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Food Intolerance

Food Intolerance
Disclaimer: The information in this article should not be regarded as medical advice.  If you are receiving medical treatment or taking prescribed medication, you are advised to consult your GP or health practitioner before making any changes to your diet or lifestyle.
basket of bread
Most people are aware of the dangers of an allergic reaction to foods such as peanuts or shellfish. In the UK, this is a serious condition for around 1.5% of the population. However, a study by the organization, Allergy UK, suggests that up to 45% of the population may be affected by a food intolerance or sensitivity.

Food intolerance is gradually gaining recognition as a genuine health issue, thanks to a number of clinical studies and new diagnostic screening tests, pioneered in the UK.

There are significant differences between a food allergy and a food intolerance. An allergic reaction usually happens rapidly after consumption or contact with a certain food. The lips or throat may swell, a rash may appear on the skin, or the person may vomit or have difficulty breathing. If medical treatment is not administered within minutes, the symptoms become life-threatening.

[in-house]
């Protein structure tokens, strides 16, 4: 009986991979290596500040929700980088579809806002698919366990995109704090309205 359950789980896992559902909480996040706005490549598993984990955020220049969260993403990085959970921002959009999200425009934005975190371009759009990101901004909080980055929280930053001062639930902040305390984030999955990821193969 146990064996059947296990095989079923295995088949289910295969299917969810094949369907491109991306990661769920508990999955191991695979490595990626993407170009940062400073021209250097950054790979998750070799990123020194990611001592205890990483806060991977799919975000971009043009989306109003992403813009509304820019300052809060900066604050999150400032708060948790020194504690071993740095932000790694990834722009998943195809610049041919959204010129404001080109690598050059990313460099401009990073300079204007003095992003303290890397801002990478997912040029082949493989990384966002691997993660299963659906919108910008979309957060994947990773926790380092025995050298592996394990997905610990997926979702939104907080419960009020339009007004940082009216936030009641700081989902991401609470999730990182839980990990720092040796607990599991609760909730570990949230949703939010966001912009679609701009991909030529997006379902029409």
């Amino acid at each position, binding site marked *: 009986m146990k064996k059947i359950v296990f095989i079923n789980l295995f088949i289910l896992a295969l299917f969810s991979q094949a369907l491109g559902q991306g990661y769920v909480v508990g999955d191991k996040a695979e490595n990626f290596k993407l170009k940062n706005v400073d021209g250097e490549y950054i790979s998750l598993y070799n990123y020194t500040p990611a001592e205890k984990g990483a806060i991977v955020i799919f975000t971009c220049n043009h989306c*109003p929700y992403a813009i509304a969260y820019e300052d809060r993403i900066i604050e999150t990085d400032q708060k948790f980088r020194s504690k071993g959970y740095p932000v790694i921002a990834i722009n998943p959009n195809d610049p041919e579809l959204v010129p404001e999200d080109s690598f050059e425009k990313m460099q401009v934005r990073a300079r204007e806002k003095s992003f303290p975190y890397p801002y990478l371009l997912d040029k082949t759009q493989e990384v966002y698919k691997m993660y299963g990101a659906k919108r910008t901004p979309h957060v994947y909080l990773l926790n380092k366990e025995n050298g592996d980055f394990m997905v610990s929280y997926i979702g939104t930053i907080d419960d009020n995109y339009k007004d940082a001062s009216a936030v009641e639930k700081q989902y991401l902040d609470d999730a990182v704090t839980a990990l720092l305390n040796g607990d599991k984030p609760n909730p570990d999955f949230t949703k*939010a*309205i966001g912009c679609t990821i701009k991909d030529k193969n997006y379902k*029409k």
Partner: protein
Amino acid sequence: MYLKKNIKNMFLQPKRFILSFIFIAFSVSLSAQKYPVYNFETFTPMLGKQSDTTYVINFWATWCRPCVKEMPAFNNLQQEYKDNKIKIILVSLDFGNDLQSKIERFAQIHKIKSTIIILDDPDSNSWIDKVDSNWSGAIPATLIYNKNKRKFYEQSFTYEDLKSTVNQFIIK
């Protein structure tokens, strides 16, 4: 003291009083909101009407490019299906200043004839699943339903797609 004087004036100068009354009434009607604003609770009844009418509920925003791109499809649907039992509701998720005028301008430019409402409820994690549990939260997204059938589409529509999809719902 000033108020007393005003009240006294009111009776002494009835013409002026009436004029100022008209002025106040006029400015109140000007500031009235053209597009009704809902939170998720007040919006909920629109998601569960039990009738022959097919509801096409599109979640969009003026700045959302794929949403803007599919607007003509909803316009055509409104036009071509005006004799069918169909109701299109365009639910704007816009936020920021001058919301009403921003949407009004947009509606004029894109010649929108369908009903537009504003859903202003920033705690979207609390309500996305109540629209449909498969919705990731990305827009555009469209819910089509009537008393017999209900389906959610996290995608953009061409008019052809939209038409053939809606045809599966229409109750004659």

In the case of food intolerance, a reaction can occur from two hours to a few days after consuming a certain food. This delayed reaction can make it very difficult to pinpoint which food, or foods may be the cause.

The symptoms of food intolerance are not as severe as with food allergy but they can still be debilitating and cause much distress. Symptoms that may suggest food intolerance are:

Abdominal Pain

Aches and pains







Chronic Fatigue





Glue Ear






Restless legs


Weight Loss
YorkTest Food Intolerance Indicator test
The most common food intolerances are dairy, wheat (gluten), nuts, eggs, tomatoes, citrus fruits, potatoes, certain fish or meats, and soya.

If you suspect you may have a food intolerance, it may be worth keeping a food diary for about four weeks. You need to write down everything you eat and drink and include a comment on any symptoms you may experience during the course of each day. By doing this, you may be able to identify a pattern. The next stage would be to eliminate the possible food. If no change is noticed after a week or two, then that food may be reintroduced and another food eliminated.

This process can become very tiresome and many people give up without identifying the real cause. There is also a danger of restricting your diet of essential nutrients, so any food that is eliminated should be replaced by a nutritious alternative. For example, an alternative to milk could be rice, oat, coconut or almond milk.

A much easier and quicker way to identify a food intolerance is through a blood test for Immunoglobulin G (IgG). Your local nutritionist may be able to arrange that for you. It is a simple test that only requires a finger prick blood sample which you can do yourself at home, then send to a laboratory for analysis.

Tests can be purchased from www.pulsescreening.co.uk .